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Brake Disc Replacement
 
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Pelican Technical Article:

Brake Disc Replacement

Jared Fenton

Time:

3 hours3 hrs

Tab:

$50 to $200

Talent:

**

Tools:

T50 Torx head socket, rubber mallet, socket set, micrometer, anti-seize compound

Applicable Models:

R50 MINI Cooper Hatchback (2002-06)
R52 MINI Cooper Convertible (2005-08)
R52 MINI Cooper S Convertible (2005-08)
R53 MINI Cooper S Hatchback (2002-06)
R55 MINI Cooper Clubman Wagon (2008-14)
R55 MINI Cooper JCW Clubman Wagon (2009-14)
R55 MINI Cooper S Clubman Wagon (2008-14)
R56 MINI Cooper Hatchback (2007-13)
R56 MINI Cooper JCW Hatchback (2009-13)
R56 MINI Cooper S Hatchback (2007-13)
R57 MINI Cooper Convertible (2009-15)
R57 MINI Cooper JCW Convertible (2009-15)
R57 MINI Cooper S Convertible (2009-15)

Parts Required:

Brake discs, new pads, new disc retaining screws

Hot Tip:

Adjust your emergency brake while you have access

Performance Gain:

Better, safer braking

Complementary Modification:

Replace brake pads, emergency brake adjustment, install stainless steel brake lines, and install new wheel bearings
How to Maintain and Modify your new MINI

This article is one in a series that have been released in conjunction with Pelican Parts' new book, How to Maintain and Modify your new MINI The book contains 240 pages of full color projects detailing everything from performance mods to changing your brake pads. With more than 500+ full-color glossy photos accompanying extensive step-by-step procedures, this book is required reading in any MINI owner's collection. The book is due to be released in late 2015. See The Official Book Website for more details.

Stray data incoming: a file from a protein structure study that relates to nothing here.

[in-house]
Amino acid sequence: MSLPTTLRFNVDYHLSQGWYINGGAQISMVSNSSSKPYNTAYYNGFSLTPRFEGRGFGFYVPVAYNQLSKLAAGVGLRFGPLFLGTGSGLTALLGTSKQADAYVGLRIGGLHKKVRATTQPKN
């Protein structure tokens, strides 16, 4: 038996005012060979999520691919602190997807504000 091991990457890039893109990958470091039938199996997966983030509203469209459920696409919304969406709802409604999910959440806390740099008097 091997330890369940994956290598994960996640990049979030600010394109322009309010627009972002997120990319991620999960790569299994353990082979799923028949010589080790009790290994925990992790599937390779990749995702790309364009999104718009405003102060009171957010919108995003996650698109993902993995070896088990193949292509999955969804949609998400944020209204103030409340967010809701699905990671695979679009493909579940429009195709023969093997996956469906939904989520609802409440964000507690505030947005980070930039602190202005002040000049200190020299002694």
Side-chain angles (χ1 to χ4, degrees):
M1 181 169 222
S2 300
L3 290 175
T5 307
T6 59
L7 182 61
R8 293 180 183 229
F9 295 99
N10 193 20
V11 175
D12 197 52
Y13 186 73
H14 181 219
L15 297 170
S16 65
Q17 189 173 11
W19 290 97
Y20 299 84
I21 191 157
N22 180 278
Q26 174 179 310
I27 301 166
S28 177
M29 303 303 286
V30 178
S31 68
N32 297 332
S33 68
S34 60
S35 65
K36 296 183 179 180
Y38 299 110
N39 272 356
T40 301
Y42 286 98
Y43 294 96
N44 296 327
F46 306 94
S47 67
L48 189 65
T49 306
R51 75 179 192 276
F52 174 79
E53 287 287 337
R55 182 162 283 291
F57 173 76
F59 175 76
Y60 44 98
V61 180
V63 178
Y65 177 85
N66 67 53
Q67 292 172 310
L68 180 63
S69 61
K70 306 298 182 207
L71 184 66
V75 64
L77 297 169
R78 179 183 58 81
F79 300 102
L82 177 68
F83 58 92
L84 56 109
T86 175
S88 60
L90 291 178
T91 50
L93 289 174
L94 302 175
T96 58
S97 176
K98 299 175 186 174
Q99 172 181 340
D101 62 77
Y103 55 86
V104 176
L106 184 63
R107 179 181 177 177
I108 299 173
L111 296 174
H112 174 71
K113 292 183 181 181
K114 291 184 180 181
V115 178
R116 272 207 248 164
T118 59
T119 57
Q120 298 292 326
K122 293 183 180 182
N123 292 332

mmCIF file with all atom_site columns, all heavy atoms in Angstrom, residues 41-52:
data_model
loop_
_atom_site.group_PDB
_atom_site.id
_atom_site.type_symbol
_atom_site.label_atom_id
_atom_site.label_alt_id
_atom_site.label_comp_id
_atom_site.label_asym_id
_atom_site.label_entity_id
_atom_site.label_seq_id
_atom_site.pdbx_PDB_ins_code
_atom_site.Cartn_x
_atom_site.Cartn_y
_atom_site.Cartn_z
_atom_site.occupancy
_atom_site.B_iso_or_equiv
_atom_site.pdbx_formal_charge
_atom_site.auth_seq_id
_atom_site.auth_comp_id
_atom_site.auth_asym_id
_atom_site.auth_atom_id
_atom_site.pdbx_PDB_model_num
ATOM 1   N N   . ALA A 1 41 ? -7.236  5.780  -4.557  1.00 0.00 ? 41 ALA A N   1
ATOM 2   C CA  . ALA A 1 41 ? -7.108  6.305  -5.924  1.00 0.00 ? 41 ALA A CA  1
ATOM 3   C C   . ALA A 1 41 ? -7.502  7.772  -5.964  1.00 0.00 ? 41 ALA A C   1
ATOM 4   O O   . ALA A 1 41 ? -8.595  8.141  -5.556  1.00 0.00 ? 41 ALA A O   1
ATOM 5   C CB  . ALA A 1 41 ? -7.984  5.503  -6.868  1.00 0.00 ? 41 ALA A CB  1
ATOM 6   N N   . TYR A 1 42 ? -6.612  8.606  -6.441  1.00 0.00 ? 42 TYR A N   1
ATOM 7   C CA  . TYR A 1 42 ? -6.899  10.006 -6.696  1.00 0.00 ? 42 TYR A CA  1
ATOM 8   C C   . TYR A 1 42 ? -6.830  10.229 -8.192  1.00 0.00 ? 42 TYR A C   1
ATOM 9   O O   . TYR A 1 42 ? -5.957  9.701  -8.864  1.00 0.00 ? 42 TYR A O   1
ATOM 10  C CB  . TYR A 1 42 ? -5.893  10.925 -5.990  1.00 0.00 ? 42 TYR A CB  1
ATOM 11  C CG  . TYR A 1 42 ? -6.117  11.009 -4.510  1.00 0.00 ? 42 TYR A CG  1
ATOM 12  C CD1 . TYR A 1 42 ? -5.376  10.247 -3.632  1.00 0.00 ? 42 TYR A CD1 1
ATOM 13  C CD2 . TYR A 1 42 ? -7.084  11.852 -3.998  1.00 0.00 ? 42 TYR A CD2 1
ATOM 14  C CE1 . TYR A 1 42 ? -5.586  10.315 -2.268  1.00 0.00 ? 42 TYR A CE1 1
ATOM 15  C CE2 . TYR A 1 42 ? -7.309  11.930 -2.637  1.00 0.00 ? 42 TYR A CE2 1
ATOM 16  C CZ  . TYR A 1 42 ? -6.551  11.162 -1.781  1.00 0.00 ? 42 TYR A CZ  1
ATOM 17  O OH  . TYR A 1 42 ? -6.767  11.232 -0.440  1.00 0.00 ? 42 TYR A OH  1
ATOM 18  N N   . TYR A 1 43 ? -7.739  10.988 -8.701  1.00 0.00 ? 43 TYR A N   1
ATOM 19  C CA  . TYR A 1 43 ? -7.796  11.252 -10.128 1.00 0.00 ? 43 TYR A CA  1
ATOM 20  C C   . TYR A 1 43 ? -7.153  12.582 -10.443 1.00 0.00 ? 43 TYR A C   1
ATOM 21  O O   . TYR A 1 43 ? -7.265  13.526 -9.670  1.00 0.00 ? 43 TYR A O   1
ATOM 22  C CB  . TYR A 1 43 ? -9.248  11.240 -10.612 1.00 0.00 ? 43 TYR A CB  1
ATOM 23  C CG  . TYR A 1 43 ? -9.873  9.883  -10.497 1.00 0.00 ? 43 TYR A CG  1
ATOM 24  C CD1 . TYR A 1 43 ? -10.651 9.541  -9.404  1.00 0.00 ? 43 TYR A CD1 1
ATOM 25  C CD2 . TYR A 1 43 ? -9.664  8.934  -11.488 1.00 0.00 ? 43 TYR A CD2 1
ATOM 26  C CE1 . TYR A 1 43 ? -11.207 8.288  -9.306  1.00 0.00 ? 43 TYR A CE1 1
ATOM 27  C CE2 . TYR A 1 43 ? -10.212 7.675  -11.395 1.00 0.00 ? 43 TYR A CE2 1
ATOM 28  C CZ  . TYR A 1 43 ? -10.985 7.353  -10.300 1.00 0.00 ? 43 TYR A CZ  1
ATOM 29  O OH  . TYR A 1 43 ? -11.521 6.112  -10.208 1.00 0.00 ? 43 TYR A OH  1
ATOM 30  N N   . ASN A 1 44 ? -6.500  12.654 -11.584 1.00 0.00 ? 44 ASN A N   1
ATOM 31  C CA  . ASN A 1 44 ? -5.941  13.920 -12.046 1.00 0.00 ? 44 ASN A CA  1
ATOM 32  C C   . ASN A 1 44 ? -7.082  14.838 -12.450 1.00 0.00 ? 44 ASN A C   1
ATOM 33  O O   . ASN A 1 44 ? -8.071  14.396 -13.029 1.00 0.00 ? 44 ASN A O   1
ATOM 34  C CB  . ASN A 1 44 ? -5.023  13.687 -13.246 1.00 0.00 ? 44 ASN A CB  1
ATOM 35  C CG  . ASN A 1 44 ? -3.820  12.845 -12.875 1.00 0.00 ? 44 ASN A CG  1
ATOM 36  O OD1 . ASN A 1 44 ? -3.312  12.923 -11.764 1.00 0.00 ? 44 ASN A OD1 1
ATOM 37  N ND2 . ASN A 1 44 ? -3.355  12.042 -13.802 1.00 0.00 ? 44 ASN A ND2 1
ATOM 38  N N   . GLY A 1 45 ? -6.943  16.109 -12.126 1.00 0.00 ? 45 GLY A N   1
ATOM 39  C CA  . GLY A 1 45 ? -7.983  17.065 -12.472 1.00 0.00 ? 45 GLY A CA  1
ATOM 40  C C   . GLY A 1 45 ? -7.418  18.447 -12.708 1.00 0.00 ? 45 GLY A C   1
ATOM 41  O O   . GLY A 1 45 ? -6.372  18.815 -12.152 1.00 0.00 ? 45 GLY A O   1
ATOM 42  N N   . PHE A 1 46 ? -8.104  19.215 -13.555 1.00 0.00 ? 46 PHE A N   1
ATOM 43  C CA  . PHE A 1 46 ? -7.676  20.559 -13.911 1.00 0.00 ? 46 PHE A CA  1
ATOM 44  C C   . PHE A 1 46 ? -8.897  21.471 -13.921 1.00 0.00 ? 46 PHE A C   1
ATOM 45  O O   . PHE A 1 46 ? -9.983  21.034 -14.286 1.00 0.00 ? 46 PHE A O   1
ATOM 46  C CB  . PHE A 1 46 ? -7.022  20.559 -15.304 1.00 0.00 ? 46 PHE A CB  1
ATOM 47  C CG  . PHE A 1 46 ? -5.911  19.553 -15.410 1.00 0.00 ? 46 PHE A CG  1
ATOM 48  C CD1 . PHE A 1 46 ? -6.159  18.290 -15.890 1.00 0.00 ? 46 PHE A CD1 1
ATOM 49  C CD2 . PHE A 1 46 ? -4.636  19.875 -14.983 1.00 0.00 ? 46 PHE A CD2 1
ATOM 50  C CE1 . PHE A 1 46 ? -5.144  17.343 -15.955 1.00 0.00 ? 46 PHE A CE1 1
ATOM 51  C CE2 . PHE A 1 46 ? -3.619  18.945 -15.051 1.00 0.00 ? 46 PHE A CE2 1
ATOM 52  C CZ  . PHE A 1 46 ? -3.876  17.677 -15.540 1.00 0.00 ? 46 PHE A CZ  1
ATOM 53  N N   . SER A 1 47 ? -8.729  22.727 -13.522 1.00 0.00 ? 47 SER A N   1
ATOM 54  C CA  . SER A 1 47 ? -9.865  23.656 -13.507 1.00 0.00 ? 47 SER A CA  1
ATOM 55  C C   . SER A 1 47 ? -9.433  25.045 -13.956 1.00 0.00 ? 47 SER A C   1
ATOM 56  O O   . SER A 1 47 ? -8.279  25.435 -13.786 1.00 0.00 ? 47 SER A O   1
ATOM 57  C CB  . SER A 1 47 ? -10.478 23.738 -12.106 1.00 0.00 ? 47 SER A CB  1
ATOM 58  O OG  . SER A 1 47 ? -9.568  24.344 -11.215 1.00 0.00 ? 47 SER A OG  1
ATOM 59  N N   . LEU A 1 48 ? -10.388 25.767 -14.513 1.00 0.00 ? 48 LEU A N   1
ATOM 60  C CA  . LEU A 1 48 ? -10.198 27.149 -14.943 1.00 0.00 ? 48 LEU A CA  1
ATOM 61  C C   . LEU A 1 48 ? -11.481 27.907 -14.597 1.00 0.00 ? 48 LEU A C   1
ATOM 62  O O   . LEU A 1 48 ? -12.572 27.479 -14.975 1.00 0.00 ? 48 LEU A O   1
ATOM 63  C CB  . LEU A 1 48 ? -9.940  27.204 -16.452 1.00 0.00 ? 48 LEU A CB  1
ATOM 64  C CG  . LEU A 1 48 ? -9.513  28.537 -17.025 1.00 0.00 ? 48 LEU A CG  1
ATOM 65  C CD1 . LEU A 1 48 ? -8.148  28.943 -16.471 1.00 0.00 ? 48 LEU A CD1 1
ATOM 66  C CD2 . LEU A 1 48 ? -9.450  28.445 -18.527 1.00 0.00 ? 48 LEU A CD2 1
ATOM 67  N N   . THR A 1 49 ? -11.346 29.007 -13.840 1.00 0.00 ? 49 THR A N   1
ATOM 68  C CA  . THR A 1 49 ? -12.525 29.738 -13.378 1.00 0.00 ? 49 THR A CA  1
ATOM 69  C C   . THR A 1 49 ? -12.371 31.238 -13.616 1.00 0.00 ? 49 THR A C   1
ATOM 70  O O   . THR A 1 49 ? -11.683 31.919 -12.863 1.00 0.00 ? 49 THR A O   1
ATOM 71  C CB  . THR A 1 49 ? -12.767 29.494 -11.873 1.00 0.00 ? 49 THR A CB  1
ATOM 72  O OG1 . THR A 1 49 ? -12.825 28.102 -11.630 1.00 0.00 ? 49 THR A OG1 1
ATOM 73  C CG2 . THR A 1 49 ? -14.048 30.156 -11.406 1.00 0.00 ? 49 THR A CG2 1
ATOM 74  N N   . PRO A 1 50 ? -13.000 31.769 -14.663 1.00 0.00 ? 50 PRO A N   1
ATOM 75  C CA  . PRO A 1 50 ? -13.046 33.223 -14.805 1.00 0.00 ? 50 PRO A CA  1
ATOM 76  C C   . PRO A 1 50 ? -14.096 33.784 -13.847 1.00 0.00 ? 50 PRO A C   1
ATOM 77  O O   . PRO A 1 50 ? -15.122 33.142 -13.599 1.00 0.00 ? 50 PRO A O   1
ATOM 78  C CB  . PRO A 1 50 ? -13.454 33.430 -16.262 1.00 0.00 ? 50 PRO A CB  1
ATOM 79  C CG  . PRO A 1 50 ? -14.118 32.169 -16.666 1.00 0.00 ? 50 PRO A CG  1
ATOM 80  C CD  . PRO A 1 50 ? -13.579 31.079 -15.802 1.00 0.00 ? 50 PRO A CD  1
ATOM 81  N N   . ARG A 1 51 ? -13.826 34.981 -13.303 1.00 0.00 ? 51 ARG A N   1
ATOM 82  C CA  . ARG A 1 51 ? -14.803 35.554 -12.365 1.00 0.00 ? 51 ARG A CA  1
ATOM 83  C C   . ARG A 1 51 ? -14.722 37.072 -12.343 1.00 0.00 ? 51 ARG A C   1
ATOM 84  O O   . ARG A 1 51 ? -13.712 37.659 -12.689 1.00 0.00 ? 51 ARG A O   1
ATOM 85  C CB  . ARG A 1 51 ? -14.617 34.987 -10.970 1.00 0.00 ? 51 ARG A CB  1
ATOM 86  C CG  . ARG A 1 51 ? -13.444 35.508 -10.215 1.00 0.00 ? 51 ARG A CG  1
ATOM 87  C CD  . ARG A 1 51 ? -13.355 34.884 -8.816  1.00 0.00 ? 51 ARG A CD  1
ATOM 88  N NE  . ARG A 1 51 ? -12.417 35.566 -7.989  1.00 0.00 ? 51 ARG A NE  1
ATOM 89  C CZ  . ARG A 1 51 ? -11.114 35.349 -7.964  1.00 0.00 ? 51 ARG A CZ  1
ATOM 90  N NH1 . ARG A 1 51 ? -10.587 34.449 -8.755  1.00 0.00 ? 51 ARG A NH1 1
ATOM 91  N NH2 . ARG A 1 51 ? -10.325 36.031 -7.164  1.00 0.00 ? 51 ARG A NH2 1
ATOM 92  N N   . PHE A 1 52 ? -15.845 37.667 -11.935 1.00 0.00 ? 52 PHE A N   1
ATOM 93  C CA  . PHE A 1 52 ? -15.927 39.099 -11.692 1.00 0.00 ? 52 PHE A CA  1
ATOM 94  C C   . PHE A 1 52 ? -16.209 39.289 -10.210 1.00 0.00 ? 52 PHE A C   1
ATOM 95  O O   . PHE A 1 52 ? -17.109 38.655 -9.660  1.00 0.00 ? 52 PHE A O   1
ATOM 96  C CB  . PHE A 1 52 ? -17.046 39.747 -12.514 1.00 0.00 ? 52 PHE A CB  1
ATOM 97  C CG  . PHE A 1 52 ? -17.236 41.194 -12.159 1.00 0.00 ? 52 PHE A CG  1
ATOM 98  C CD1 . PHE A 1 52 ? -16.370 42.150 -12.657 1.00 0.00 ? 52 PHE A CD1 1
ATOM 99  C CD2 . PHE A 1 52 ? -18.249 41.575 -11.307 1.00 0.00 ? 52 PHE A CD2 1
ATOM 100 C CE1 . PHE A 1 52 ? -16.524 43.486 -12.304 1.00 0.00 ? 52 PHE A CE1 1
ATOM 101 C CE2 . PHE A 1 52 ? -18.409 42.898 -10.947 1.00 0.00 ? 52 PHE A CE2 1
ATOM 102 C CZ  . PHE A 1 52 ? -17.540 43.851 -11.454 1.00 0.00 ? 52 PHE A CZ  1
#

Brake discs (or rotors as they are often called) are a very important part of the braking system. The brake pads rub against the discs to create a friction force that is responsible for slowing the car down. If the rotors become too thin, or develop grooves in them, then their ability to stop the car decreases.

When replacing your brake pads, you should always measure the thickness of your brake discs. If they fall below the specified value for your car, then they should be replaced with new ones. Check for grooves in the rotor, and make sure that you take several measurements of the disc in several different places. This will guarantee you that you get an accurate reading. If the brake disc has a groove in it, then it should most certainly be removed and resurfaced by a machine shop, or simply replaced with a new one. Discs with grooves not only brake less efficiently, but they also heat up to higher temperatures, and reduce your overall braking ability.

The measurements that you take with your micrometer should be made from the center of the disc. It is common for OEM rotors to have the minimum thickness stamped on the rotor hub. If you can't find this information, use the following chart to determine if your rotors need to be replaced.

Type and Year Min Thickness
Front Vented Rotor, MINI Cooper R50/R52 (2002-08) 20.4mm
Front Vented Rotor, MINI Cooper S R52/R53 (2002-08) 20.4mm
Rear Solid Rotor, MINI Cooper R50/R52 (2002-08) 8.4mm
Rear Solid Rotor, MINI Cooper S R52/R53 (2002-08) 8.4mm